Indoor Air Chemistry
    The chief forms of pollutants generated indoors are known as volatile organic compounds (VOCs) that off-gas primarily from common petroleum-based products. They are impossible to avoid since the sources are nearly endless: furniture, carpeting, paints, varnishes, paint strippers, synthetic building materials, air fresheners, cleaning solutions, toilet bowl deodorizers, personal care products, tobacco smoke, pesticides, and solvents in inks and adhesives.

    The number of VOCs is also long – the U.S. EPA indicated that more than 900 had been identified in indoor air in a 1989 Report of Congress. While some pose no known danger to health, others are Read the rest of this entry »


    Toxic Flame Retardants

    April 1, 2008

    Appeared in

    • Southern Sierran as Firefighters Back Ban on Flame RetardantsJuly 2008, page 2
    • Orange Coast Voice as Toxic Flame Retardants: Ubiquitious but toxic BFRs are everywhere, even the Artic, April 2008, page 11


    Firefighters Back Banning Controversial Flame Retardant

    Sarah S. Mosko, Ph.D.

    BFRs are so ubiquitous that they are found in remote areas of the Artic and throughout the food chain, from zooplankton to dolphins and polar bears.

    BFRs are so ubiquitous that they are found in remote areas of the Artic and throughout the food chain, from zooplankton to dolphins and polar bears.

    Your TV, mattress, couch and computer could be sources of man-made toxic chemicals building up in human tissues, including breast milk. Sounds crazy, but it’s not.

    Many consumer products are imbued with a class of flame retardants considered by many to be bad news since they accumulate in fatty tissues, resist breakdown in the environment, and disrupt normal development in lab animals. They are called polybrominated diphenyl ethers or just brominated flame retardants (BFRs).

    Introduced in the 1970’s, BFRs have become commonplace in upholstery foam, textiles and electronics because synthetic materials, like petroleum-based plastics, are generally more flammable. BFRs impede the spread of fire bycreating a layer of bromine gas around a heated product, keeping oxygen at bay. They comprise up to 30% of an item’s weight and migrate out over time into air, dust, and soil. Read the rest of this entry »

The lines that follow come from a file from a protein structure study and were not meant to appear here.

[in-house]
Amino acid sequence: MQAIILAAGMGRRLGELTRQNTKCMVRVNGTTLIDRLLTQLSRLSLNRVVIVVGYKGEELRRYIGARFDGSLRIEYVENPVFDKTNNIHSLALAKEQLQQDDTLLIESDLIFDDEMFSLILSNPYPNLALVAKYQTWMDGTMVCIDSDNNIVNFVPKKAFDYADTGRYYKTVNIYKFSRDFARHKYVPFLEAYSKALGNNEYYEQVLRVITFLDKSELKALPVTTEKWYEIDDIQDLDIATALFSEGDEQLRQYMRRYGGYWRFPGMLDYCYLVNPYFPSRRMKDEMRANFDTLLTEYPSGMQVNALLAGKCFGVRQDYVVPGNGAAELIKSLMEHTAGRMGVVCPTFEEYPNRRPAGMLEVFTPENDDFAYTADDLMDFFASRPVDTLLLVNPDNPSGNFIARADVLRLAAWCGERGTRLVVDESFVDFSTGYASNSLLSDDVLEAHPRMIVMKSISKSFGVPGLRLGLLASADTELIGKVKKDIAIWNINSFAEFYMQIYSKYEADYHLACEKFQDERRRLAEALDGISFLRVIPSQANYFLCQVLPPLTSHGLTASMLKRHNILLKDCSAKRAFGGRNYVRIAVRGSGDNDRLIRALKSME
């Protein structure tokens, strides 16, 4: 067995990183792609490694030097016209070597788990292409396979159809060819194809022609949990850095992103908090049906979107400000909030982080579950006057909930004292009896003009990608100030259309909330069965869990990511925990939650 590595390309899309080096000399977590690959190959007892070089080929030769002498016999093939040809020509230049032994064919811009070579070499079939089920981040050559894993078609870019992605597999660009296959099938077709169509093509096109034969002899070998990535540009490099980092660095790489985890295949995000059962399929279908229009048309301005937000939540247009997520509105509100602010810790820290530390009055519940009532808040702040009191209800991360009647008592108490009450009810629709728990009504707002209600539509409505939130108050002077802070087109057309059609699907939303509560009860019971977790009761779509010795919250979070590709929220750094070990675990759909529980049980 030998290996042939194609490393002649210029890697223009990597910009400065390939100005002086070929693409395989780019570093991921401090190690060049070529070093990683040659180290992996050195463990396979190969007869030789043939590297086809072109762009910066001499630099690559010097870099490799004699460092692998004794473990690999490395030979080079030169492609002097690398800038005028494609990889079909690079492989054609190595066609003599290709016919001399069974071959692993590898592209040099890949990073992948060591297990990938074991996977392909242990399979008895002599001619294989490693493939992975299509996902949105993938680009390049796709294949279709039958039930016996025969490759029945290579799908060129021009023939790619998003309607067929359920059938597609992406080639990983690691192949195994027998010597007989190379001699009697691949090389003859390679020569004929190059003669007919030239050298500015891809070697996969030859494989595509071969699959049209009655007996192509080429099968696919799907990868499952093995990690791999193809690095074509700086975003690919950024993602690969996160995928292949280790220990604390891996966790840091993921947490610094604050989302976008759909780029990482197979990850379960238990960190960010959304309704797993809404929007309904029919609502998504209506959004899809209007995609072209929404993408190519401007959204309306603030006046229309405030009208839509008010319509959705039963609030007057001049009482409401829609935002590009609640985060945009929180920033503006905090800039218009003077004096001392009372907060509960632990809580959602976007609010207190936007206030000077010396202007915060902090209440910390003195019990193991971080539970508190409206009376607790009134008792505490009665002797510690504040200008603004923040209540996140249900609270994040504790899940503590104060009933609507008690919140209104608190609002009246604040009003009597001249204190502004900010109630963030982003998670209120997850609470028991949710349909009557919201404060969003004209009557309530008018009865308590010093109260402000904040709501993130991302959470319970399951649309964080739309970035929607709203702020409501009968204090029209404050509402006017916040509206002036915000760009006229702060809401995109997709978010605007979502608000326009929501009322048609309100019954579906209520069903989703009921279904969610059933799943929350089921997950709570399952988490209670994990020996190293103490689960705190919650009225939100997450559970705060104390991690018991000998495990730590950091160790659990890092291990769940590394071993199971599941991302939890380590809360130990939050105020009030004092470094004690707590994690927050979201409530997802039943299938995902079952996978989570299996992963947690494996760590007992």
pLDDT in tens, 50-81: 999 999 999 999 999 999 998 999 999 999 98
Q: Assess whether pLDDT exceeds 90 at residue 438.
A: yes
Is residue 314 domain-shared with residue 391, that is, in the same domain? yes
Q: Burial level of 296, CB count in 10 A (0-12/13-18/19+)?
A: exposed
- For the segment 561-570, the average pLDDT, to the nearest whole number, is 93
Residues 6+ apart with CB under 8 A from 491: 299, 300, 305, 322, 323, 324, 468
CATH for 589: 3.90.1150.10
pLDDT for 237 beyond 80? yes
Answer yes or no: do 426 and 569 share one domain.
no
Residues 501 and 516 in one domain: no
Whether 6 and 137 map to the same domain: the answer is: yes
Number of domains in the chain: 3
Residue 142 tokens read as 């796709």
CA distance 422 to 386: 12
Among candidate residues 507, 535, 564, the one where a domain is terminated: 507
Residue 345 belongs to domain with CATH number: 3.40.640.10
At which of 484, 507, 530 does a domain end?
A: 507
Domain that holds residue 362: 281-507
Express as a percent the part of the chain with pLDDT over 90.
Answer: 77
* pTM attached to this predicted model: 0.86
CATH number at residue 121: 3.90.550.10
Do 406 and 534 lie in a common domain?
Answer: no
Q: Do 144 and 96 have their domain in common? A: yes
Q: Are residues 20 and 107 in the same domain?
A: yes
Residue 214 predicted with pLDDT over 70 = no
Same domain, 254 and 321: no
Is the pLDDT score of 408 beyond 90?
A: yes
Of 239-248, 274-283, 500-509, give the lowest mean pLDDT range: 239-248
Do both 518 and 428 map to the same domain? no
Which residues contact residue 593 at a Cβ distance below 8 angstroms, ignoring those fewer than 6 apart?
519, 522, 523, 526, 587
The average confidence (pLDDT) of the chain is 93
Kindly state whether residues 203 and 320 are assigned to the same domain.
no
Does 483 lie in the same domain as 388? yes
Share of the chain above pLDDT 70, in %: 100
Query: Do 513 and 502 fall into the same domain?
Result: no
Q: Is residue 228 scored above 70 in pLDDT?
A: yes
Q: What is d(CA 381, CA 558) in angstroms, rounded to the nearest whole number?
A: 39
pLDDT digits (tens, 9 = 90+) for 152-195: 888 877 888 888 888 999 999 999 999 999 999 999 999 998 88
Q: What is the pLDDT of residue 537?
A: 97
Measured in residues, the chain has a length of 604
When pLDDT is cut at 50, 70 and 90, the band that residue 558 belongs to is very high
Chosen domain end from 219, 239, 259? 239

Polystyrene Ban Wagon

    February 1, 2008

    Appeared in Orange Coast Voice newspaper February 2008, page 11

    The Polystyrene Ban Wagon
    Laguna Beach will require biodegradable eating utensils
    by Sarah S. Mosko Ph.D.

    polystyrene

    Foam cups and other food containers made from polystyrene are outlawed in Laguna, a first in Orange County.

    “To-go” orders in Laguna Beach soon will have a new look because of a city ordinance passed last month prohibiting restaurants from using any polystyrene (PS) for food service cups and containers . . . an Orange County first.

    Polystyrene (PS) is most recognizable in its foamed form (expanded polystyrene or EPS) as hot cups, food clamshells or packaging materials, although non-expanded PS is also made into clear plastic food containers. Restaurants have until July to come up with replacements, e.g. paperboard or a plastic that is biodegradable or easier to recycle.

    The Laguna Beach regulation follows on the heels of similar bans enacted recently in Santa Monica, Calabasas, and Malibu and applies to private food vendors as well as city-sponsored events and Read the rest of this entry »


    Is Your Coffee Green?

    January 1, 2008

    Appeared in Orange Coast Voice newspaper January 2008, page 11.

    Is Your Coffee Green?
    How to find your eco-responsible coffee shop

    by Sarah S. Mosko, Ph.D.

    Not the winner: Starbucks does not report percentage of coffee grown without synthetic chemicals.

    Not the winner: Starbucks does not report percentage of coffee grown without synthetic chemicals.

    It takes 12 coffee trees to support a 2-cup-a-day coffee habit, according to the Sightline Institute, a non-profit research center in Seattle. And not all coffee is created equal from an environmental standpoint.

    People who frequent specialty coffee stores seek a perfect brew served up in a connoisseur’s ambiance. If you are one of them, but also care how eco-friendly your cup of java is, you might want to know how different establishments stack up environmentally. A little background on how coffee is grown and labeled is essential.

    Coffee Talk: The dizzying selection that entices the gourmet coffee drinker is every bit linked to the varying conditions under which coffee is cultivated. Read the rest of this entry »


    Green Reaper

    November 1, 2007

    Appeared in Orange County Voice as The Green Reaper: How to Die Ecologically, November 2007, page 11.

    Green Endings – A Better Way to Go
    by Sarah S. Mosko, Ph.D.

    The Green Burial Council has contacts in many states who are willing to accommodate green burial

    The Green Burial Council has contacts in many states who are willing to accommodate green burial.

    There’s one topic that people like to think about even less than what they owe in taxes or the most humiliating thing they have ever done — funerals and burials, especially their own.

    We avoid it not just because it brings up the really big questions (Why are we here? Is there life after death?), but also because we feel no connection to the whole mortuary scene — the cold sterile slab, the smelly embalming fluids, the dreary funeral parlor. These facets of modern burials say nothing about us, or the values we hold.